Facing elimination from the Stanley Cup playoffs, the New York Rangers opened the scoring in Game 6 of the Eastern Conference Final against the Tampa Bay Lightning on Tuesday.
After taking a neat pass from J.T. Miller, Derick Brassard slipped a backhander from in close through the legs of Ben Bishop less than four minutes into the opening period. That’s his seventh goal of these playoffs.
After going without a goal, and held to only one assist, through the first three games of the Western Conference Final, Jonathan Toews finally scored for the Chicago Blackhawks on Saturday.
And what a beauty it was, as Toews showed plenty of patience as he roofed the puck over a sprawled Frederik Andersen. That gave the Blackhawks the lead in the third period. They would cough it up, allowing three Anaheim goals in 37 seconds, before coming back and winning in double overtime to even the series.
The pressure had been mounting on Chicago’s top forwards.
Toews has had to go up against Ryan Kesler throughout this series, with the two jousting and slashing and chirping during various moments in Game 4. His line that includes Marian Hossa and Brandon Saad had some dominant shifts, too, and was rewarded in the third period.
“I kind of feel that pressure all the time. I know it’s there. Most of it I put on myself. Just in some ways got to stay patient and not show any frustration or show any sign of anything snowballing in the wrong direction for my own game,” Toews told reporters.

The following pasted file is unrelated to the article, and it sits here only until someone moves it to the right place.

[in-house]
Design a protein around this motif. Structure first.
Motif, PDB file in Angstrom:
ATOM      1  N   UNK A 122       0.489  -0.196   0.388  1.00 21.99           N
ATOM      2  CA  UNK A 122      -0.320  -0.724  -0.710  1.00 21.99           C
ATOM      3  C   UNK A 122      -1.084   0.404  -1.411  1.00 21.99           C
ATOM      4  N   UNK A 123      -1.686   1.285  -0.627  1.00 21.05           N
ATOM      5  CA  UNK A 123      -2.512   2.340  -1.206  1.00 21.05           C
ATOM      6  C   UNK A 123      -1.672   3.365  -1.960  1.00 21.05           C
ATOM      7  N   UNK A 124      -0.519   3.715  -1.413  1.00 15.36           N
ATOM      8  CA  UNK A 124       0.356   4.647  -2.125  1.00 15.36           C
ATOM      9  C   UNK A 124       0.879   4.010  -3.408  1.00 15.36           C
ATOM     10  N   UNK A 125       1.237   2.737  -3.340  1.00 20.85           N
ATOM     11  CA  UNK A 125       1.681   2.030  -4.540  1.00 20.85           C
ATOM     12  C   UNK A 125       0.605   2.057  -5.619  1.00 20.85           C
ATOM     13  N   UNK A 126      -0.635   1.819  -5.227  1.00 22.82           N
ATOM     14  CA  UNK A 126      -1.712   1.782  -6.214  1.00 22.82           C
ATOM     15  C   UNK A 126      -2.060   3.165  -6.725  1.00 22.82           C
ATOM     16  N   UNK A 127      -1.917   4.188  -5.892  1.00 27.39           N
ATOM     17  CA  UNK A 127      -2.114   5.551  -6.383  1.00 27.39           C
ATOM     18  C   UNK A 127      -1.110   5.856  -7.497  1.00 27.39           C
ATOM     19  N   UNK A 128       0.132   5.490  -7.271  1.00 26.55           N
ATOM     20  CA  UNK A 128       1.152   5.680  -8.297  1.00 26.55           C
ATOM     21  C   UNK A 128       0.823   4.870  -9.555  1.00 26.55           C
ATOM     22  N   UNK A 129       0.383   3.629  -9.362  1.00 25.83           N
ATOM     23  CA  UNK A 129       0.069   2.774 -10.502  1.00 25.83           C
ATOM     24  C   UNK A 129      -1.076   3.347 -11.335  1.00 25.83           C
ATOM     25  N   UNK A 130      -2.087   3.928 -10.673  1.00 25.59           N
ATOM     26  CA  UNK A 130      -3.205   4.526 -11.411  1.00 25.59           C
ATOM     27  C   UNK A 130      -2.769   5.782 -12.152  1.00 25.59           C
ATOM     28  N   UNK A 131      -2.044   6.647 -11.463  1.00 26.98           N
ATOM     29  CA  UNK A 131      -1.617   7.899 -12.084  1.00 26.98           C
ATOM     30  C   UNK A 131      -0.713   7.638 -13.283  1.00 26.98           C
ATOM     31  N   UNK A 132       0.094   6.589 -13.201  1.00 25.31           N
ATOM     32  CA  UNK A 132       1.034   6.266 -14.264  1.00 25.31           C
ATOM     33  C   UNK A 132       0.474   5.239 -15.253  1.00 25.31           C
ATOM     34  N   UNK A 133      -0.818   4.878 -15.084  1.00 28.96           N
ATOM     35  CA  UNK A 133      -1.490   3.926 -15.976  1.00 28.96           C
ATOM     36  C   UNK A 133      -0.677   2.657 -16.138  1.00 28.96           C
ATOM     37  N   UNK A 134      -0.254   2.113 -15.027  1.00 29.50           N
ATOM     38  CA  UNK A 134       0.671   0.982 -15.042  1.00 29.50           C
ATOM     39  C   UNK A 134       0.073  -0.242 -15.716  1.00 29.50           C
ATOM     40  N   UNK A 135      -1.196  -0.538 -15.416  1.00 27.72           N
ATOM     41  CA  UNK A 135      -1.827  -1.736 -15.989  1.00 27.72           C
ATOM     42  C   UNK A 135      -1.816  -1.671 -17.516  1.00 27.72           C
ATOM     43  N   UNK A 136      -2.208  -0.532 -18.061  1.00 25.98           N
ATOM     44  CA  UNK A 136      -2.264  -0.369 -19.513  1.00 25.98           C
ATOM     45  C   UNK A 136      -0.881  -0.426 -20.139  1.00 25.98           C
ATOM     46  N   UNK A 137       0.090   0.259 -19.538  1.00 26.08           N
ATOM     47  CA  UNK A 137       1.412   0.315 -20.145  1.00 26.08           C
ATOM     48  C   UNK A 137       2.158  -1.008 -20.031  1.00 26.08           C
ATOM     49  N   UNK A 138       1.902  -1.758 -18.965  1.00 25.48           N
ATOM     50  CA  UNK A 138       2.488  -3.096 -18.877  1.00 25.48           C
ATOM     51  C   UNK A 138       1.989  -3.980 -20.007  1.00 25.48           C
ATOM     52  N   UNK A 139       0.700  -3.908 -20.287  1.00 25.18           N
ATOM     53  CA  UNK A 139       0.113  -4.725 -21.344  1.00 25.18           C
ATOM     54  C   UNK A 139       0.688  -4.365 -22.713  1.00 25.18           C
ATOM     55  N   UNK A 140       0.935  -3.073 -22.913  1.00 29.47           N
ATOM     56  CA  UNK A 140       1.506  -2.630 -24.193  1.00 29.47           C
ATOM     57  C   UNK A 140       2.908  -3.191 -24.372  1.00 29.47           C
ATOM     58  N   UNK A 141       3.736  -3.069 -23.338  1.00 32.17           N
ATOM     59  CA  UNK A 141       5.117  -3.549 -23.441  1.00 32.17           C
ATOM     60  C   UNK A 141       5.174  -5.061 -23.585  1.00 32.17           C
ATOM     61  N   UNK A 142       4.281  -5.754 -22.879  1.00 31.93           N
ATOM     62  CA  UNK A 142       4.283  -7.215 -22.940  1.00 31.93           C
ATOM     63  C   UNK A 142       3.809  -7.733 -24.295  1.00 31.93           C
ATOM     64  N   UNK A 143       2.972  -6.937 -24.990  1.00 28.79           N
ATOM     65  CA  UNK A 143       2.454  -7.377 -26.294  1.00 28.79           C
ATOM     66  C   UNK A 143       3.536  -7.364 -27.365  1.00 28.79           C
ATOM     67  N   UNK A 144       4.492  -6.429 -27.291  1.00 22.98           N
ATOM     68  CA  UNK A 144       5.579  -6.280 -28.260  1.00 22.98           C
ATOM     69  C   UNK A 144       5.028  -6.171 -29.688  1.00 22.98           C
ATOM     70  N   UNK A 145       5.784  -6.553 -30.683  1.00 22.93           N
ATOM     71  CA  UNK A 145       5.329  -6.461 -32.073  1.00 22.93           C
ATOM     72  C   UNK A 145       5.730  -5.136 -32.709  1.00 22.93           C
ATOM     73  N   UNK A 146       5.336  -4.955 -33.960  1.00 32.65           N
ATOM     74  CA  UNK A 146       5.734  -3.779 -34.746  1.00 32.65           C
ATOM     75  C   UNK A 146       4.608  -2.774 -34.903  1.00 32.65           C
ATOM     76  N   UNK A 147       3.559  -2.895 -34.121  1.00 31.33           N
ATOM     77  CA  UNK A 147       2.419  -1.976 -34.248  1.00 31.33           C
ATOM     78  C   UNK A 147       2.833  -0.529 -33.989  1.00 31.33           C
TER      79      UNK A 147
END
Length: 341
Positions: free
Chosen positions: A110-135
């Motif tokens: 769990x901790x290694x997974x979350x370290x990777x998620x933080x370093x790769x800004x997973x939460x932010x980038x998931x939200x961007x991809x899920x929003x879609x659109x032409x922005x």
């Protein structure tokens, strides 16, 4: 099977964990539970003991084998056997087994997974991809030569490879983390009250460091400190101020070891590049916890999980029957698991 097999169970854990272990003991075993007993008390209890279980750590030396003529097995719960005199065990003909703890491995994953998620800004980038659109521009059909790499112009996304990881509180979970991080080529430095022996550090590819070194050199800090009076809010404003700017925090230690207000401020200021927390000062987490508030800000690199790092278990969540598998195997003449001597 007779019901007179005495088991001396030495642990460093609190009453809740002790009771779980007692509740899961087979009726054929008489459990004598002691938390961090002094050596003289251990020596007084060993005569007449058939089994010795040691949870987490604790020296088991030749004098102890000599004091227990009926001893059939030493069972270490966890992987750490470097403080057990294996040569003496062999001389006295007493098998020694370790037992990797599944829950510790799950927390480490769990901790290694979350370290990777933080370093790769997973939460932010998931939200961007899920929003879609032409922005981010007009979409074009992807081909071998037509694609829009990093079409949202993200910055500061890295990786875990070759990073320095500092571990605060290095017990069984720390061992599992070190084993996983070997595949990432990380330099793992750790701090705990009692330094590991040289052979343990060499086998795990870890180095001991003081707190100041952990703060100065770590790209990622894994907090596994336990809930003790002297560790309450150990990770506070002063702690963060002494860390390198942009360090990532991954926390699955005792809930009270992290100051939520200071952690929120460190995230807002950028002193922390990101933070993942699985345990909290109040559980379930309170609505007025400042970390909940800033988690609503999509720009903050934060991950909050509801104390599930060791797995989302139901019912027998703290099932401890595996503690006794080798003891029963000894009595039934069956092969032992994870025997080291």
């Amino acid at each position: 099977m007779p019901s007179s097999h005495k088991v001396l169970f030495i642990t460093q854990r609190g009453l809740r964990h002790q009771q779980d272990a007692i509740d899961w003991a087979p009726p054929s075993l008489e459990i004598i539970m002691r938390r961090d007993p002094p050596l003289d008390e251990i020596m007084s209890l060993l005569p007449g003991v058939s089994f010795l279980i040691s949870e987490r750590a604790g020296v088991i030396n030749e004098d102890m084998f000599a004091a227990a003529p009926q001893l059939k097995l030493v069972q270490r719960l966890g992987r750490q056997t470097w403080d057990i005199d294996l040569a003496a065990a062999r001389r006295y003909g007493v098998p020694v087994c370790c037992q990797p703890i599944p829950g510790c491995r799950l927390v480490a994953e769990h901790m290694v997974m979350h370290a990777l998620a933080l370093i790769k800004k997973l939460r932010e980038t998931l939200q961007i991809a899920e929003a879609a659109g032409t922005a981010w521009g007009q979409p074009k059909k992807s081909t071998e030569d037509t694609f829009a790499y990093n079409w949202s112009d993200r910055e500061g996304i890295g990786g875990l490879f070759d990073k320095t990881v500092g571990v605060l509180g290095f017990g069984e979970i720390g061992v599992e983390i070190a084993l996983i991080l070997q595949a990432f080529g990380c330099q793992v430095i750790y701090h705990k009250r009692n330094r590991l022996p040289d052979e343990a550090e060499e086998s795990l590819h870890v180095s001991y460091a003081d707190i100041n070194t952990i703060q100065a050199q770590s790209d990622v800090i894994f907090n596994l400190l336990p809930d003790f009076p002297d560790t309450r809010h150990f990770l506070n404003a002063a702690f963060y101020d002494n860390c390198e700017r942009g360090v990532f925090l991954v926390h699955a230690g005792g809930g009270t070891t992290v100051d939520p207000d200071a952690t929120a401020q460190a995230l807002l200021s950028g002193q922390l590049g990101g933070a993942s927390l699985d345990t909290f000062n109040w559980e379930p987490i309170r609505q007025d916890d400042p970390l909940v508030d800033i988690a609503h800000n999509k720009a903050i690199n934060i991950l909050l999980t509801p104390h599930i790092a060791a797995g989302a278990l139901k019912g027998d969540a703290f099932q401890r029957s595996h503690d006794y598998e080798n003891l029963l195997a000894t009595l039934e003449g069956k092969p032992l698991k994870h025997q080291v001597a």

“I think as a line with Hoss and Saad, we generated a lot. Finally got a bounce. That’s what I was waiting for. Made a difference in the game. Hopefully can continue that confidence that scoring gives you. Continue to make big plays. Whether on the goal score, contributing on the play, whatever the situation might be, you know, to try to get our team on the board, but be responsible on the defensive side, as well.”
In a post-game interview with NBC hockey analyst Pierre McGuire immediately following his OT heroics, Vermette admitted it was “not the ideal situation,” but stressed the need for a “good attitude” after being a healthy scratch — a curious decision from head coach Joel Quenneville to say the least — in Game 3.
“They’re so competitive. They want to play in the worst way and they want more ice time, as well,” Quenneville told reporters after the win.
“You can understand where he was at. Very disappointed. He’s a great pro. Stayed with it. That line had a couple looks in overtime. I’m glad he finished it for us. That was a huge goal for us. Huge, goal, huge.”